World Cancer Day: 4 February
Cancer affects everyone – the young and old, the rich and poor, men, women and children – and represents a tremendous burden on patients, families and societies. Cancer is one of the leading causes of death in the world, particularly in developing countries. The aim of World Cancer Day is to increase awareness on cancer prevention and teach simple steps to reduce risk by living in a healthy way.
More than 70% of all cancer deaths occur in low- and middle-income countries, where resources available for prevention, diagnosis and treatment of cancer are limited or nonexistent. Tobacco use alone accounts for some 1.5 million cancer deaths per year.
Cancer causes 20% of deaths in the European Region. With more than 3 million new cases and 1.7 million deaths each year, cancer is the most important cause of death and morbidity in Europe after cardiovascular diseases.
Cancer is a leading cause of death globally: an estimated 7.6 million people died of cancer in 2005 and 84 million people will die in the next 10 years if action is not taken. The World Health Organization (WHO) has proposed a global goal of reducing chronic disease death rates by 2% per annum from 2006 to 2015. Achievement of this goal would avert over 8 million of the projected 84 million deaths due to cancer in the next decade. WHO is stepping up its response to meet this target.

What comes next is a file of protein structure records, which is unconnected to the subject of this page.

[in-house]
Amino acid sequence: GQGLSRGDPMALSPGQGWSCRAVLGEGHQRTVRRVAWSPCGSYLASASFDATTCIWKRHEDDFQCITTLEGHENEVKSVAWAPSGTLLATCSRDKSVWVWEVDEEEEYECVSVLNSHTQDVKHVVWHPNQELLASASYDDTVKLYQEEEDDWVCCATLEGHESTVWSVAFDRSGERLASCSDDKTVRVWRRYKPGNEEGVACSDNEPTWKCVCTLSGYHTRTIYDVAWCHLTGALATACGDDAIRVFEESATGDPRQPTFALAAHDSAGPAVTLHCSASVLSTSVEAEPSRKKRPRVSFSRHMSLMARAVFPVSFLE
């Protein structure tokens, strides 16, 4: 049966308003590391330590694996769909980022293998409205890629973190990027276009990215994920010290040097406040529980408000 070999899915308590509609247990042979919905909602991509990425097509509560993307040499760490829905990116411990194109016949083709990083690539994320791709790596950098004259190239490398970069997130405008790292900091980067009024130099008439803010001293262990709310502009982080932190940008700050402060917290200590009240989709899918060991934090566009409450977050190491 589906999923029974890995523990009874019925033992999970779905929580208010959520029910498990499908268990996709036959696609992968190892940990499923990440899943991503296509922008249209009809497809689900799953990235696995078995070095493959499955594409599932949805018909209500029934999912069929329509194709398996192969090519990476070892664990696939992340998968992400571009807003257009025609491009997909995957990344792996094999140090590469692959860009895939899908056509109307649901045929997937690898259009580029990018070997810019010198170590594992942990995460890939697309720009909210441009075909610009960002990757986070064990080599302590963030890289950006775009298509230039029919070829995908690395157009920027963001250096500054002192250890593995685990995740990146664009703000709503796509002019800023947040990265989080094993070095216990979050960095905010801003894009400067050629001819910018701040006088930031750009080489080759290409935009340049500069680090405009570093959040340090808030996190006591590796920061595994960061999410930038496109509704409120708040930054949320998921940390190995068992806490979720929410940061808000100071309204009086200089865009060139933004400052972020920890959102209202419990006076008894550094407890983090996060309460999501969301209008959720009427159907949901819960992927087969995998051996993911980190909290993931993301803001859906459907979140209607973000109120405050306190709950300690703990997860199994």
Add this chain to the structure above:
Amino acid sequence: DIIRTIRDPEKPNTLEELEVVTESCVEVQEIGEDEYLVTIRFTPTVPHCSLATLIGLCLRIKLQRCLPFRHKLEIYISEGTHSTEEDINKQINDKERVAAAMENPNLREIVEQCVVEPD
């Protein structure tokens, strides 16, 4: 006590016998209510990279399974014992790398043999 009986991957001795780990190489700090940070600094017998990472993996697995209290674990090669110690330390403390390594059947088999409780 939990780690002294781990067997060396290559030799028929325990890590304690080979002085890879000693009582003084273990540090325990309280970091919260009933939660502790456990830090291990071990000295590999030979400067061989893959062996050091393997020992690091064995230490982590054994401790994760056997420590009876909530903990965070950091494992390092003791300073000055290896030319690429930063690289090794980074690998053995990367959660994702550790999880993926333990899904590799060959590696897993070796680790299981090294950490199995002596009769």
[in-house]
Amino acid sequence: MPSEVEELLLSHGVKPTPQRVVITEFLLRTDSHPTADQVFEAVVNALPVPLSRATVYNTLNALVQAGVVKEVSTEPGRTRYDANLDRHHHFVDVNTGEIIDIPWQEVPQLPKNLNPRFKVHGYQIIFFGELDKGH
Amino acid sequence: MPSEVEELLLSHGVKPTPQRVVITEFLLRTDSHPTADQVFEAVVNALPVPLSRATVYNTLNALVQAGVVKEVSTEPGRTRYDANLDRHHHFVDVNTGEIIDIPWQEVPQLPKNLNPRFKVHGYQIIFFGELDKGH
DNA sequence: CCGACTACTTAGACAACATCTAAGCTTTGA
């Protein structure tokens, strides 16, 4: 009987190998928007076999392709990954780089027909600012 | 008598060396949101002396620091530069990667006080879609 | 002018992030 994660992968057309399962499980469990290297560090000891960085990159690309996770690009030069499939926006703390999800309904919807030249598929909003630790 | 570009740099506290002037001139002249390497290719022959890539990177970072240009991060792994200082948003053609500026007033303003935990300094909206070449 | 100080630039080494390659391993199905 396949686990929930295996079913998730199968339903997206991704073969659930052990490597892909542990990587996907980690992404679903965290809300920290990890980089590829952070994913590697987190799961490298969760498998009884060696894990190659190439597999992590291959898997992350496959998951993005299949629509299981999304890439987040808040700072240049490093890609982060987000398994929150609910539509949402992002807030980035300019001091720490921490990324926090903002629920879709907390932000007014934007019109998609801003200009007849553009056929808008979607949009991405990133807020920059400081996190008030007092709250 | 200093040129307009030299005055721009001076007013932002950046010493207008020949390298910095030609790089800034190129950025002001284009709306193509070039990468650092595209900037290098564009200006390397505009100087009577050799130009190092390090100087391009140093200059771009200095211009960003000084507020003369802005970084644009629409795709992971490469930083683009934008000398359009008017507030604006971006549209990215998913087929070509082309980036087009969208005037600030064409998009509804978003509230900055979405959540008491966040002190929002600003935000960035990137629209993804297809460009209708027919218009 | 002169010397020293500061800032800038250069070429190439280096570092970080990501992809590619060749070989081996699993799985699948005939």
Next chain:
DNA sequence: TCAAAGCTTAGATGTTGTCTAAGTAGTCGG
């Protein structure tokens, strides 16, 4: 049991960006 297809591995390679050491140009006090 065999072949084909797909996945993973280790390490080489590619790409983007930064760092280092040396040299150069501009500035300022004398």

The World Health Organization and the Ministry of Health of Republic of Tajikistan are jointly calling for coordinated action against infections that contribute to the global cancer burden.
“More than 30% of cancer can be prevented, mainly by avoiding using the tobacco products, having a healthy diet, being physically active and preventing infections that may cause cancer – says Dr Pavel Ursu, WHO Representative/Head of WHO Country office in the Republic of Tajikistan. Effective public health strategies and home-based care are essential to provide pain relief and palliative care for patients and their families in low-resource settings.
WHO is taking significant measures to prevent cancer and other chronic diseases. A key achievement has been the entry into force the WHO global health treaty. The WHO Framework Convention on Tobacco Control (WHO FCTC), is a major step towards the goal of reducing tobacco use, which is the leading preventable cause of cancer.
The Ministry of Health of the Republic of Tajikistan jointly with WHO/Europe implements a program on tobacco control and the prevention as well as fighting of the diseases caused by using the tobacco products. WHO advocates an integrated approach to prevention, treatment and care for all leading chronic diseases. Integrated approaches that combine cancer prevention, diagnosis, management with that for heart disease, stroke, diabetes and other chronic diseases are necessary because the diseases share common risk factors (tobacco use, unhealthy diet and physical inactivity) and require similar responses from the health system.